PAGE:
Canadian National 89 is a 2-6-0 "Mogul" type steam locomotive originally built by the Canadian Locomotive Company in February 1910 for the Canadian National Railway. It is now owned and operated by the Strasburg Rail Road outside of Strasburg, Pennsylvania, where it resides today for use on excursion trains.
No. 89 was originally built in February 1910 by the Canadian Locomotive Company in Kingston, Ontario, for the Grand Trunk Railway as No. 1009. It has a wheel arrangement of 2-6-0. In 1919, it was renumbered to No. 911. In 1923, the Grand Trunk was merged into the Canadian National Railway (CN) with No. 911 being one of the thousands of locomotives working for this new railroad. In 1951, No. 911 was renumbered to No. 89. Most of 89's career on the CN is unknown; it appears that it spent the latter part of its working life in Quebec before being retired in late 1958 and being stored in a deadline of locomotives in Montreal.
In 1961, No. 89 was purchased by New England seafood magnate and steam locomotive collector F. Nelson Blount and moved to North Walpole, New Hampshire, in the United States. No. 89 found a home in the former Boston & Maine North Walpole roundhouse and starting in 1965, would begin operating on the Green Mountain Railroad and would be moved to across the Connecticut River to Bellows Falls, Vermont. No. 89 quickly became Blount's favorite locomotive and he would often be found at the throttle until his death in 1967.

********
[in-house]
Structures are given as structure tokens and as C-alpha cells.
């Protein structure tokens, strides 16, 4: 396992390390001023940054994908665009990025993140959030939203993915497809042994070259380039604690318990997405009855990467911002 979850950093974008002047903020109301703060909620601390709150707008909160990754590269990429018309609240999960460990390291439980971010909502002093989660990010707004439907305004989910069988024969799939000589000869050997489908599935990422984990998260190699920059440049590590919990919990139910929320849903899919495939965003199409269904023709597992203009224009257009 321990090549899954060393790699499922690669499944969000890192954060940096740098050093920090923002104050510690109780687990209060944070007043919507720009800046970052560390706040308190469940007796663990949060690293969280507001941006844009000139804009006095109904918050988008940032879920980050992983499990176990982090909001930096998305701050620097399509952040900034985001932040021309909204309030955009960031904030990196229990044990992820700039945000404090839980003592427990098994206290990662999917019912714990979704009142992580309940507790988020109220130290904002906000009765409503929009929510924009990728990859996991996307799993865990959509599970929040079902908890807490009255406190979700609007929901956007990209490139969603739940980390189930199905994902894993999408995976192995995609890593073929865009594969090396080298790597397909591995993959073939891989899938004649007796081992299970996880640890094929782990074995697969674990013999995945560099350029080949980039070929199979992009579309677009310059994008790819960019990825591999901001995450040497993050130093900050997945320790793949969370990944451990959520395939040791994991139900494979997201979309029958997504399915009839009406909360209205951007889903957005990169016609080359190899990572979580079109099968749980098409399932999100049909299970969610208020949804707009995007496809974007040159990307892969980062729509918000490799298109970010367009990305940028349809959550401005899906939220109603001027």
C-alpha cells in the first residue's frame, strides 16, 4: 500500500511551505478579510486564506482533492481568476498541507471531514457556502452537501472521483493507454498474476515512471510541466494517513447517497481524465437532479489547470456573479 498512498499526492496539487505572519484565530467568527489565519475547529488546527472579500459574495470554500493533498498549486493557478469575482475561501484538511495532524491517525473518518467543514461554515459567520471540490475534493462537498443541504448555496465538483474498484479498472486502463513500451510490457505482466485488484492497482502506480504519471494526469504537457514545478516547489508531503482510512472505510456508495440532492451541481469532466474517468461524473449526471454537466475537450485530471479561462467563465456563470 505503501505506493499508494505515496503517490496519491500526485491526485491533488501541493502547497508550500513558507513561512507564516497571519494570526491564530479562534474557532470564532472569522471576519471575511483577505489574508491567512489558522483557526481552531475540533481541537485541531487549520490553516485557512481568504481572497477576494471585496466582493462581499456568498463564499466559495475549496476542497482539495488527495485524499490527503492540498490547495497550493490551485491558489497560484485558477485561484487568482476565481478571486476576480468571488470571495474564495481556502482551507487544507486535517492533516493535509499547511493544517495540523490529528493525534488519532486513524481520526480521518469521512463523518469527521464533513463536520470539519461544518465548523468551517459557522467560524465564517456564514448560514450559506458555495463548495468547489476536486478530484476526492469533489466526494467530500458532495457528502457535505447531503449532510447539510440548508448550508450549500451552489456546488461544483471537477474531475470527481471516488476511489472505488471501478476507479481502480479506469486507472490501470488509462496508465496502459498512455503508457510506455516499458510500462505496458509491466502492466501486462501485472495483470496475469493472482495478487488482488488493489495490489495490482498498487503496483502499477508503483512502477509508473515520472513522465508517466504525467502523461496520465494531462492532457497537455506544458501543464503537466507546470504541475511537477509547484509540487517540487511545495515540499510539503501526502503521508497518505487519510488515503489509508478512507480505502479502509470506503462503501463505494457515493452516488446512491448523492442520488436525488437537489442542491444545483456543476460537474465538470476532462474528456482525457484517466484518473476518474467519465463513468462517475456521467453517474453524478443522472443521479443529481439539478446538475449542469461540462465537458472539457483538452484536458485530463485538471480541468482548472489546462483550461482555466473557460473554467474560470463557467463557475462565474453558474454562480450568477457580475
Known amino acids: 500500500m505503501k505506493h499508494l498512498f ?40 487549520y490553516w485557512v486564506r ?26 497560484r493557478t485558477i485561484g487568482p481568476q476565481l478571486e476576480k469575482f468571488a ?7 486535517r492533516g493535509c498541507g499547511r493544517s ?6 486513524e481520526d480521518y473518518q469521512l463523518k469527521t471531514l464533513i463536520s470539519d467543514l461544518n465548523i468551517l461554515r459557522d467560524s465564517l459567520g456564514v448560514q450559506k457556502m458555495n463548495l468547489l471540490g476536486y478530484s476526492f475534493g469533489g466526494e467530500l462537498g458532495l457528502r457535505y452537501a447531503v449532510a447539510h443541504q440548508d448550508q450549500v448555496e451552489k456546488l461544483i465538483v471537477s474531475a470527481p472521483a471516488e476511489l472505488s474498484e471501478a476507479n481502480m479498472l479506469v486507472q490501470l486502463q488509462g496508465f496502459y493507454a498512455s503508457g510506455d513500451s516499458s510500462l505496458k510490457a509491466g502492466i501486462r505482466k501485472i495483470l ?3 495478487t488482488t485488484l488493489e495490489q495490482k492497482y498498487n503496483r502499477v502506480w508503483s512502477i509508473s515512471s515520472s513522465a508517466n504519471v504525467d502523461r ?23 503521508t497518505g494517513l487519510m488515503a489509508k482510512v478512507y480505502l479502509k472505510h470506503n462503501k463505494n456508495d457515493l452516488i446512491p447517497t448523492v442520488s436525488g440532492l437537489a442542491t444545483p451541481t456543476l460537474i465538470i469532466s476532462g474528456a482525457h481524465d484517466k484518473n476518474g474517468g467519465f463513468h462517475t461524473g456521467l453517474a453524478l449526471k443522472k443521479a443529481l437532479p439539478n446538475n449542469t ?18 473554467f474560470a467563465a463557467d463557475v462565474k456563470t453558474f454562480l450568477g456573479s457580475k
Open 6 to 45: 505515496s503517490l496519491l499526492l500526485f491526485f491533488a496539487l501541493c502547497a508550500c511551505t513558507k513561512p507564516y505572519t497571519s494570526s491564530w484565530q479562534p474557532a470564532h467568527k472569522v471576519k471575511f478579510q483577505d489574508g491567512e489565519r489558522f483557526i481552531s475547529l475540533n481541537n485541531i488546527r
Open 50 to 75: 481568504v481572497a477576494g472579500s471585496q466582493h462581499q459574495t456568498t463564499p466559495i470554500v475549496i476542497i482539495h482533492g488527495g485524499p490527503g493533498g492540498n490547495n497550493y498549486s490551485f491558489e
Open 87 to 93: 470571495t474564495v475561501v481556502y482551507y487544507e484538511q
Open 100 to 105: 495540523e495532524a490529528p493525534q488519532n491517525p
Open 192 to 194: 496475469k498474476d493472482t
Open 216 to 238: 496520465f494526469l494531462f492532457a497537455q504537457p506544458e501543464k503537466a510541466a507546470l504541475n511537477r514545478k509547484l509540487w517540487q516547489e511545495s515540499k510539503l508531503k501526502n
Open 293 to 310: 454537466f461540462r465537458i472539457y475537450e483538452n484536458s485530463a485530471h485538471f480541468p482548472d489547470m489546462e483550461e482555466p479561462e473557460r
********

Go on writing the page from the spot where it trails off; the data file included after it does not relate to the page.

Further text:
In June 1972, the Green Mountain Railroad sold No. 89 to the Strasburg Rail Road outside of Strasburg, Pennsylvania. This is a linear village along the Great Conestoga Road, stretching about two miles along path later known as the Strasburg Road. The population was 2,809 at the 2010 census. The move from Bellows Falls to Strasburg was overseen by Strasburg employee Linn Moedinger. During a stopover in Penn Central's Buttonwood Yard in Wilkes-Barre, No. 89 was stranded when Hurricane Agnes caused the Susquehanna River to flood much of the area. No. 89 spent several days submerged in the rail yard but emerged with little to no damage.
Upon arrival at Strasburg in July 1972, it wouldn't be until the following year that No. 89 would make its first official run for Strasburg Rail Road on March 17, 1973. When No. 89 first arrived, it originally faced East when hauling excursion trains, it would remain that way until the turntable at the Railroad Museum of Pennsylvania was installed in late 1973. No. 89 frequently operated in tandem with Pennsylvania Railroad 4-4-0 No. 1223 on Strasburg's half-hour trains until it was taken out of service in the early 1980s for major repairs. During these repairs which lasted the majority of the decade, No. 89 was completely rebuilt from the ground up including major boiler and running gear work. Emerging from its rebuild in November 1988, No. 89 returned to pulling the half-hour trains, being joined by former Norfolk & Western 4-8-0 No. 475 in 1993. In October 2003, No. 89 was modified and repainted to its 1950s Canadian National appearance with the tilted monogram logo. In 2008, No. 89's tender logo was re-lettered to read "Strasburg Rail Road," in keeping with Strasburg's policy of historical authenticity.
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